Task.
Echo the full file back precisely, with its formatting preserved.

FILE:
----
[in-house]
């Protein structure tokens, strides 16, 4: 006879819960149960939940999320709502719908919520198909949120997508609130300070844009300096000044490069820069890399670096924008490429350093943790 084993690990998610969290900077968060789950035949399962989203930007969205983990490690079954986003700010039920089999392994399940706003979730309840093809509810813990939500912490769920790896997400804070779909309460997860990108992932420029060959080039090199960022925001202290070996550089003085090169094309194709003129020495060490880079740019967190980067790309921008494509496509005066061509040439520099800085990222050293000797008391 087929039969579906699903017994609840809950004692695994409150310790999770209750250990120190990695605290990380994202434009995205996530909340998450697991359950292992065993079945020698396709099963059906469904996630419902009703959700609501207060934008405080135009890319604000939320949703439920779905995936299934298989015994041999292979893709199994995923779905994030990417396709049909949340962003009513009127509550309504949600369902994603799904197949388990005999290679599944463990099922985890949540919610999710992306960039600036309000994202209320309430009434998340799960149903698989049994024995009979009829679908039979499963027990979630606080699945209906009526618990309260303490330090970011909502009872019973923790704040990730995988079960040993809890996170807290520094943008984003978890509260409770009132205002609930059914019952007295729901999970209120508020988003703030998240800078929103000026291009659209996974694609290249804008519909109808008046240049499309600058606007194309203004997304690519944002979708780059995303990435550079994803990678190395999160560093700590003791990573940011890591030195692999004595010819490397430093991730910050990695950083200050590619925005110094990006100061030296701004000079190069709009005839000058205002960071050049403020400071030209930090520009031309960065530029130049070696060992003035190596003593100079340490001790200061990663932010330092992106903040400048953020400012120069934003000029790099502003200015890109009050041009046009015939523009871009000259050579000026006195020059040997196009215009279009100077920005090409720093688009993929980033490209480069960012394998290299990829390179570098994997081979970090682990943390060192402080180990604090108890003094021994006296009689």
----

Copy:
[in-house]
């Protein structure tokens, strides 16, 4: 006879819960149960939940999320709502719908919520198909949120997508609130300070844009300096000044490069820069890399670096924008490429350093943790 084993690990998610969290900077968060789950035949399962989203930007969205983990490690079954986003700010039920089999392994399940706003979730309840093809509810813990939500912490769920790896997400804070779909309460997860990108992932420029060959080039090199960022925001202290070996550089003085090169094309194709003129020495060490880079740019967190980067790309921008494509496509005066061509040439520099800085990222050293000797008391 087929039969579906699903017994609840809950004692695994409150310790999770209750250990120190990695605290990380994202434009995205996530909340998450697991359950292992065993079945020698396709099963059906469904996630419902009703959700609501207060934008405080135009890319604000939320949703439920779905995936299934298989015994041999292979893709199994995923779905994030990417396709049909949340962003009513009127509550309504949600369902994603799904197949388990005999290679599944463990099922985890949540919610999710992306960039600036309000994202209320309430009434998340799960149903698989049994024995009979009829679908039979499963027990979630606080699945209906009526618990309260303490330090970011909502009872019973923790704040990730995988079960040993809890996170807290520094943008984003978890509260409770009132205002609930059914019952007295729901999970209120508020988003703030998240800078929103000026291009659209996974694609290249804008519909109808008046240049499309600058606007194309203004997304690519944002979708780059995303990435550079994803990678190395999160560093700590003791990573940011890591030195692999004595010819490397430093991730910050990695950083200050590619925005110094990006100061030296701004000079190069709009005839000058205002960071050049403020400071030209930090520009031309960065530029130049070696060992003035190596003593100079340490001790200061990663932010330092992106903040400048953020400012120069934003000029790099502003200015890109009050041009046009015939523009871009000259050579000026006195020059040997196009215009279009100077920005090409720093688009993929980033490209480069960012394998290299990829390179570098994997081979970090682990943390060192402080180990604090108890003094021994006296009689």